The NASCAR Sprint Cup Series moves onto Daytona this weekend for the Coke Zero 400 after a wild weekend at Sonoma’s Infineon Raceway. The 2011 Toyota/SaveMart 350 definitely left previous years in the dust and Marcos Ambrose, driver of the No. 9 Stanley Ford for Richard Petty Motorsports, isn’t looking back.
In a recent interview Ambrose was asked to walk through what had occurred during the 2010 Sonoma race and he replied, “We were doing great in the race, we had a good strategy although the way it was running down, I was running out of tires, running out of fuel and getting ready for a late restart. And I don’t need to look back on what happened last year. It is what it is. I couldn't get the motor refired for whatever reason. This year we have a brand new team, brand new chief, brand new sponsor and brand new carburetor, so I should have no issues. Just looking forward to getting out there and trying to win it.”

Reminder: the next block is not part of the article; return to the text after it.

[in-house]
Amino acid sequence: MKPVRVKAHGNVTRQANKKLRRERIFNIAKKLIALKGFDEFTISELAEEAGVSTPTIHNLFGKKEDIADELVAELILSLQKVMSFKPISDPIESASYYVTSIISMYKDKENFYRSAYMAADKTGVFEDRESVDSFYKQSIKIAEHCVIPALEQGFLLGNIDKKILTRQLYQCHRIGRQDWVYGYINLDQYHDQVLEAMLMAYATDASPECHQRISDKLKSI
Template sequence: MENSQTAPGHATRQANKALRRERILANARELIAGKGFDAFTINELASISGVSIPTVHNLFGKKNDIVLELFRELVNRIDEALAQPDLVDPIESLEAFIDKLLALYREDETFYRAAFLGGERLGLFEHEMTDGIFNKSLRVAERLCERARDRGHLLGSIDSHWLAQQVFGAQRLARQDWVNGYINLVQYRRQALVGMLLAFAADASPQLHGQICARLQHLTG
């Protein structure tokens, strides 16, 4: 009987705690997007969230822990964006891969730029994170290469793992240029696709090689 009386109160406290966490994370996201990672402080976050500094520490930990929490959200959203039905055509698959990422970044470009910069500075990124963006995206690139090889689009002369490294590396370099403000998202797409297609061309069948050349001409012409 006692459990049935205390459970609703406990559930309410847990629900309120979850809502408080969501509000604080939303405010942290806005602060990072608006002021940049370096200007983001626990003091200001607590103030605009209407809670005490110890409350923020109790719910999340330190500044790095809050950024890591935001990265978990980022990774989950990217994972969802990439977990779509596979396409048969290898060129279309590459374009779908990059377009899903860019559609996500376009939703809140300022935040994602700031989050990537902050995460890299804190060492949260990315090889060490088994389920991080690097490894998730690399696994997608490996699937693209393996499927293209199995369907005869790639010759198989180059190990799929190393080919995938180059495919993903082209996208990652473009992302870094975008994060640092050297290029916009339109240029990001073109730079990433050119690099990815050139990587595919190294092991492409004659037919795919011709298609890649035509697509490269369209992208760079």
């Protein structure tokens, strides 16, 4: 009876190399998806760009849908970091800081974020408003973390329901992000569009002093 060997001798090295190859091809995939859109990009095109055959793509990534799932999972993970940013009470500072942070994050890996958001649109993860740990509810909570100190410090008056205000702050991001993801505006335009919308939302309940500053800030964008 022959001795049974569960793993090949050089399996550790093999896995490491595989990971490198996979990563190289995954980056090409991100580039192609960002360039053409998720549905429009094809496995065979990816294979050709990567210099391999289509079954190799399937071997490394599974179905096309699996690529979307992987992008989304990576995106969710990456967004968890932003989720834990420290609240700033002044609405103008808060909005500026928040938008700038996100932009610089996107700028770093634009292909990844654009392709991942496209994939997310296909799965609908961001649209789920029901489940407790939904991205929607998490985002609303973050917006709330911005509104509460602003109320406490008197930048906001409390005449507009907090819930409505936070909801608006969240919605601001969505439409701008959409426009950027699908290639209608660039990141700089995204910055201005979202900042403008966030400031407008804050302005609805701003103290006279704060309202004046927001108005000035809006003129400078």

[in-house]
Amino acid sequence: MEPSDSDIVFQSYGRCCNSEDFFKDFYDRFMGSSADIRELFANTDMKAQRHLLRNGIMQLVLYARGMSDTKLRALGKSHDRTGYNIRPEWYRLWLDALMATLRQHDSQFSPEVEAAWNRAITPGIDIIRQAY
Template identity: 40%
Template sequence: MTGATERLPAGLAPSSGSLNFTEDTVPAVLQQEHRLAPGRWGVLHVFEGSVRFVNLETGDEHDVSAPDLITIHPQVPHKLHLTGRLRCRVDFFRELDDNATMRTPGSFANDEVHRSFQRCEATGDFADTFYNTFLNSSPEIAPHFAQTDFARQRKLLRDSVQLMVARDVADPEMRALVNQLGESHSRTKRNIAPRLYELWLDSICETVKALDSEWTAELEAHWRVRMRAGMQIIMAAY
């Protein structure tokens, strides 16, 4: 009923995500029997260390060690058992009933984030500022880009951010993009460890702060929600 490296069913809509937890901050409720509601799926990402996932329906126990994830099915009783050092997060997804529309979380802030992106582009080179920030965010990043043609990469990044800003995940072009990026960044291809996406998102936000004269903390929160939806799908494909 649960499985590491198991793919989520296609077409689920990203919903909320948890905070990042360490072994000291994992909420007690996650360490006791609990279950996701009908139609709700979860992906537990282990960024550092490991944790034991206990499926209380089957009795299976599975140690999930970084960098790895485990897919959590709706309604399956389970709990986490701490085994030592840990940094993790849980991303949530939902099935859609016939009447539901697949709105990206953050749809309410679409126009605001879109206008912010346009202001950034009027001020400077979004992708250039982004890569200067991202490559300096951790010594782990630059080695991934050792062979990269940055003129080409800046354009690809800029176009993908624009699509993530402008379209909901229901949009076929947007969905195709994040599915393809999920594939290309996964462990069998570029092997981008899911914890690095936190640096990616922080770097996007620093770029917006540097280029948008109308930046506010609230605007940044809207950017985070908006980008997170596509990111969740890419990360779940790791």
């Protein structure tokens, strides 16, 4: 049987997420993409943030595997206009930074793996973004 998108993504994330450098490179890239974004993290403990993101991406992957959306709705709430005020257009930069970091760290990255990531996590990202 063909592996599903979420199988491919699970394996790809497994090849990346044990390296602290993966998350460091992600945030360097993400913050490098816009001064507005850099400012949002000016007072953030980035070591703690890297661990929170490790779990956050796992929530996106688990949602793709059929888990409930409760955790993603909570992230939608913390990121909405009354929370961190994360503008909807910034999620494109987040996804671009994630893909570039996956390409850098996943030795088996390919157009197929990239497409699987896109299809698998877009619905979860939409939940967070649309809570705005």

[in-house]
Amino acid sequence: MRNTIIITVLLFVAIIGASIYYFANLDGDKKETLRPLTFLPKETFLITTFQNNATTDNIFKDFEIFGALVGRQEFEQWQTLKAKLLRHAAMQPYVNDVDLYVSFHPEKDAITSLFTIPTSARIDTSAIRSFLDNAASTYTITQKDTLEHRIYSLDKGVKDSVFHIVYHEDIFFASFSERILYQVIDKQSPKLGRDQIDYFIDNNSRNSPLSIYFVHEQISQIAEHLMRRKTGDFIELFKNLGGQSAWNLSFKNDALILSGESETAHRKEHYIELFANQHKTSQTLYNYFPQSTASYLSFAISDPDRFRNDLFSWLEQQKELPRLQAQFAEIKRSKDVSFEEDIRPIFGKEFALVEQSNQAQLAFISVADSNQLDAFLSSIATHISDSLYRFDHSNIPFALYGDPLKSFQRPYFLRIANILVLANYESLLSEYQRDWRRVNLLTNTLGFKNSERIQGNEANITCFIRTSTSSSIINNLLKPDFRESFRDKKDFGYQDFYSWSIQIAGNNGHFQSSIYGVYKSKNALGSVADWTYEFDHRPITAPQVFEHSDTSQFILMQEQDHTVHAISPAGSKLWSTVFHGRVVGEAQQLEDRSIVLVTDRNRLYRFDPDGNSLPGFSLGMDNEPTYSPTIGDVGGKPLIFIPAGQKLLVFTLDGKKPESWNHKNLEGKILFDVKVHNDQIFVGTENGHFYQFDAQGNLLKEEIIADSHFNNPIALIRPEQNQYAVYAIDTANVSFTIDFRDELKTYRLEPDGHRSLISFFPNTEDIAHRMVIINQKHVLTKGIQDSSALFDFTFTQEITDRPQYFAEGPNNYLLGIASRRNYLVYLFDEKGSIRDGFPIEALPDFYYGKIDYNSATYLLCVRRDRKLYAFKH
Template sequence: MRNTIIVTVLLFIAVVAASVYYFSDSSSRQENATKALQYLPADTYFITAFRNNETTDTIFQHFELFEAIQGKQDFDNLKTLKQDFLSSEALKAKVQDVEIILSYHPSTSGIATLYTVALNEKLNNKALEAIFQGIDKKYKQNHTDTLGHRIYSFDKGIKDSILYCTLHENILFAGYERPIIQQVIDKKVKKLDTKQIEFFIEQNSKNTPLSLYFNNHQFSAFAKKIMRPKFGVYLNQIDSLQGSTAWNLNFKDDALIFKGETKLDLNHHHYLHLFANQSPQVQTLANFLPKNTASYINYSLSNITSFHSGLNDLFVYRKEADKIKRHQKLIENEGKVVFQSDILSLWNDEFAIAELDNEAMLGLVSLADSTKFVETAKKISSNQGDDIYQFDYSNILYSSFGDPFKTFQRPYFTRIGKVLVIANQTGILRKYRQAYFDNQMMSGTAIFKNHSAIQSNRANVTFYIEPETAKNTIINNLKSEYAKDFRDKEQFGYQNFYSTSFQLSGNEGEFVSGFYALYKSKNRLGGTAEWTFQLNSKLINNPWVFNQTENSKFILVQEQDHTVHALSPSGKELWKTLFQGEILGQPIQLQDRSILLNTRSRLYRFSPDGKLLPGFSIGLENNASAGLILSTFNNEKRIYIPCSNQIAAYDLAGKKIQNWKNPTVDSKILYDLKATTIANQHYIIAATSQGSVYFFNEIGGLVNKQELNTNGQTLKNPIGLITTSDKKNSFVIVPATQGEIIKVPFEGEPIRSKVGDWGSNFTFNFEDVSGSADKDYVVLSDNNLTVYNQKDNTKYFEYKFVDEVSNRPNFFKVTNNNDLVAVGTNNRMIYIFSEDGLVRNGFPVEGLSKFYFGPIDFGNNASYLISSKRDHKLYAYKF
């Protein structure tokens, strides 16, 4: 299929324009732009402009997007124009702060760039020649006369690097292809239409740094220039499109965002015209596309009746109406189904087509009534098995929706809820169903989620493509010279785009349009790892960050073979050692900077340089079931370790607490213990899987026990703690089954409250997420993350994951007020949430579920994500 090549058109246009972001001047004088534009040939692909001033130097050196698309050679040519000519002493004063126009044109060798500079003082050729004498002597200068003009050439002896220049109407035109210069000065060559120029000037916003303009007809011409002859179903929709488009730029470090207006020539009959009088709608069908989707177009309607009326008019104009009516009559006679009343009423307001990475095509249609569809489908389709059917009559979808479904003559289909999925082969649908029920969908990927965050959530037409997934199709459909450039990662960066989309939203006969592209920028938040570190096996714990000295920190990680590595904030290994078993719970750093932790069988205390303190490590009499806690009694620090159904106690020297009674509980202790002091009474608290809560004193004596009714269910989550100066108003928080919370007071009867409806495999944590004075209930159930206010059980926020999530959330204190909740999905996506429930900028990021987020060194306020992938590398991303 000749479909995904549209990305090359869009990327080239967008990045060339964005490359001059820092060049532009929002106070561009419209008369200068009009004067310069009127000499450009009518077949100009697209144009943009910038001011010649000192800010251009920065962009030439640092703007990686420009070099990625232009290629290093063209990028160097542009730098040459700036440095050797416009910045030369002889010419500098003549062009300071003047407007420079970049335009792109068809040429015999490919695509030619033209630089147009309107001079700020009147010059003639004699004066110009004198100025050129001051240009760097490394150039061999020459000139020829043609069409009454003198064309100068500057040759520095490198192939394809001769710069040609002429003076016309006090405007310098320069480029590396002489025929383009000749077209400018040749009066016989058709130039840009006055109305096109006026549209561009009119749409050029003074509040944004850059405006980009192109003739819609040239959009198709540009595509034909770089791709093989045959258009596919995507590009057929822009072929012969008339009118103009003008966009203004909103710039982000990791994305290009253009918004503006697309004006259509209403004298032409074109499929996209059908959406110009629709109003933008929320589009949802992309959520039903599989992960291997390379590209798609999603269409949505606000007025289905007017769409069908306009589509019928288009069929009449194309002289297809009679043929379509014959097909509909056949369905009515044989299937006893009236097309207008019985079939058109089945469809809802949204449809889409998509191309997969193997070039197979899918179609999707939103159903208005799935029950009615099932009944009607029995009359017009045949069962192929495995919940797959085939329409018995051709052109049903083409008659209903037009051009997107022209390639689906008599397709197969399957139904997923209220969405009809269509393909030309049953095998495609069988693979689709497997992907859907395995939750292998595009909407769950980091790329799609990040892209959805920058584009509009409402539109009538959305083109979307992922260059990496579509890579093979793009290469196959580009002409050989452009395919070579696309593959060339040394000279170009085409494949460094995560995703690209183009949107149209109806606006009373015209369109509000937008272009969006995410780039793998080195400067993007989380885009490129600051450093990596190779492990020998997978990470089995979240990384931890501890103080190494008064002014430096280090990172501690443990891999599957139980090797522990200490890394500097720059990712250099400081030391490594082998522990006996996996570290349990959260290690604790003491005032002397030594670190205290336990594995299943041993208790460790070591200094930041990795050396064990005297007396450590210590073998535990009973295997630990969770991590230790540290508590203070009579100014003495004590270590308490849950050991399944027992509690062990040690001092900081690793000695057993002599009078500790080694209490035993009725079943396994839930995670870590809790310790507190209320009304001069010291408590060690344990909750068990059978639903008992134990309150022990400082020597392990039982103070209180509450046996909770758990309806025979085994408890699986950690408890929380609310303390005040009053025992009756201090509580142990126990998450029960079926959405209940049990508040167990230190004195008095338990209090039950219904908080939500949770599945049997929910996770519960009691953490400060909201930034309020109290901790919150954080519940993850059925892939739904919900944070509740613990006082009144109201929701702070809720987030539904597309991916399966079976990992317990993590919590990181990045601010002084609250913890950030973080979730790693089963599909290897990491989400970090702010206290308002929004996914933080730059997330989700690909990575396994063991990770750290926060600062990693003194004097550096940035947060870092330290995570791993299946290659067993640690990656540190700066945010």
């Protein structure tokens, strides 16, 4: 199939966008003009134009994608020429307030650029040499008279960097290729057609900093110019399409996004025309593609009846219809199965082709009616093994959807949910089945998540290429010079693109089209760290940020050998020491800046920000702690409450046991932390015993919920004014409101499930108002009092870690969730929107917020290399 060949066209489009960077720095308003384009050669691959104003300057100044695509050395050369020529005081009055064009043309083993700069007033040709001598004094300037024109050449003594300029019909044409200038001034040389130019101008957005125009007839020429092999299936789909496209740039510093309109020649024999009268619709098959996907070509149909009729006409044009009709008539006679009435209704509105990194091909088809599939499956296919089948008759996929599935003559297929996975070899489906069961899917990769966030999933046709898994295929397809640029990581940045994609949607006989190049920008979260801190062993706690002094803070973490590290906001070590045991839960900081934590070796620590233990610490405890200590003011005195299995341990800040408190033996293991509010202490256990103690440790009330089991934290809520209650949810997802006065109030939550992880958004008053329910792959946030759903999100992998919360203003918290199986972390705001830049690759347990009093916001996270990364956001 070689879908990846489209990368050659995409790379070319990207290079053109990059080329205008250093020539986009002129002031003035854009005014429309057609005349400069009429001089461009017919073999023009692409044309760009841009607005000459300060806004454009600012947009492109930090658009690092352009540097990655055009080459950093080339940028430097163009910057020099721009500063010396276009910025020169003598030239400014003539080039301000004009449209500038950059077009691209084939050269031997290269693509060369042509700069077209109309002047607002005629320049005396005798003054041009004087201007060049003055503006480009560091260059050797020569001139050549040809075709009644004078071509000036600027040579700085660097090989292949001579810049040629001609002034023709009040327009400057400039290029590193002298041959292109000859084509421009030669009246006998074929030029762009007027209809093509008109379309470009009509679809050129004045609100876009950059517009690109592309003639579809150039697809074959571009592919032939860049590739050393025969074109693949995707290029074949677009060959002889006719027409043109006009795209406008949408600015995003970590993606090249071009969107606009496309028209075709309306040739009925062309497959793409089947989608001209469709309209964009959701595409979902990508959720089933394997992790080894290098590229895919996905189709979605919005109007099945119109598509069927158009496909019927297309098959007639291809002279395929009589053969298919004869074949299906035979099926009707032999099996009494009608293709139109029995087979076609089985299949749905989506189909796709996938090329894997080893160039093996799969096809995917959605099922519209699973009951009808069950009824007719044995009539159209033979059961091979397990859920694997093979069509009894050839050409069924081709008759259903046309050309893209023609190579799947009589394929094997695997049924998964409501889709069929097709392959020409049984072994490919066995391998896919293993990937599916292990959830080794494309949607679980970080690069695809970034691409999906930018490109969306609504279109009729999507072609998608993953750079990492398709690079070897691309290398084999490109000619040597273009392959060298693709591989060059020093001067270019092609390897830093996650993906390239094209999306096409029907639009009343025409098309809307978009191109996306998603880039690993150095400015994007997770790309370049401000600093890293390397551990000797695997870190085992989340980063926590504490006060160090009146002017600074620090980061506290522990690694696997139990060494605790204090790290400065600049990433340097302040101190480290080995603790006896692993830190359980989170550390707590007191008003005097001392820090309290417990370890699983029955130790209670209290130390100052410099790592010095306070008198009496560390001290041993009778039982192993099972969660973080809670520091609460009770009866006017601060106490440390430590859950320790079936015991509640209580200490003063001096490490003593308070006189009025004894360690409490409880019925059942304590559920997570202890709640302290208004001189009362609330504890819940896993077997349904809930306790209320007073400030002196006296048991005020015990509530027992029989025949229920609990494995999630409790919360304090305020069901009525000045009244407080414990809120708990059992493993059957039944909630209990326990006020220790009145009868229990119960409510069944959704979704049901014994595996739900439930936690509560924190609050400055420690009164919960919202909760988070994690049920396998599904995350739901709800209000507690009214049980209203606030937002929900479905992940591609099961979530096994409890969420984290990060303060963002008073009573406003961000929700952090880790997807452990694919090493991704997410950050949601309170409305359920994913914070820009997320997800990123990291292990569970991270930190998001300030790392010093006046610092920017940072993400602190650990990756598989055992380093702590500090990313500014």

Marcos was quoted saying the following just prior to the Infineon race, “There’s a lot of expectation at Sonoma for me. It's obviously one of my best chances to win. I know what is required of me. I’ve got to go and deliver."
Although he may not have won Sunday's race, he came out with a top-5 finish and left Sonoma with the momentum the No. 9 team needs to take on Daytona this weekend.
With NASCAR’s new points system, the top-10 after September's race in Richmond are guaranteed to make the Chase. The final two spots will go to drivers with the most wins between 11th and 20th in the points. So there are many opportunities that remain for drivers to take a wild-card spot, and Ambrose's 21st position doesn't count him out just yet. As we know, anything can happen at Daytona.
With weather playing against them on Thursday, teams managed to get in a 45-minute practice that quickly showed RPM’s Marcos Ambrose in his DeWalt Ford Fusion as the one to beat. The car is running a new chassis, #721 for this Saturday night’s race, and it’ll be Ambrose’s sixth NSCS start at Daytona, as well as his 100th series start.
Right behind Ambrose in Thursday’s practice session was none other than RPM teammate AJ Allmendinger in the famed No. 43. The duo was also 1-2 in 10 consecutive lap average. Marcos’ best finish at the 2.5 mile tri-oval track came in 2009 when he crossed the finish line in sixth place.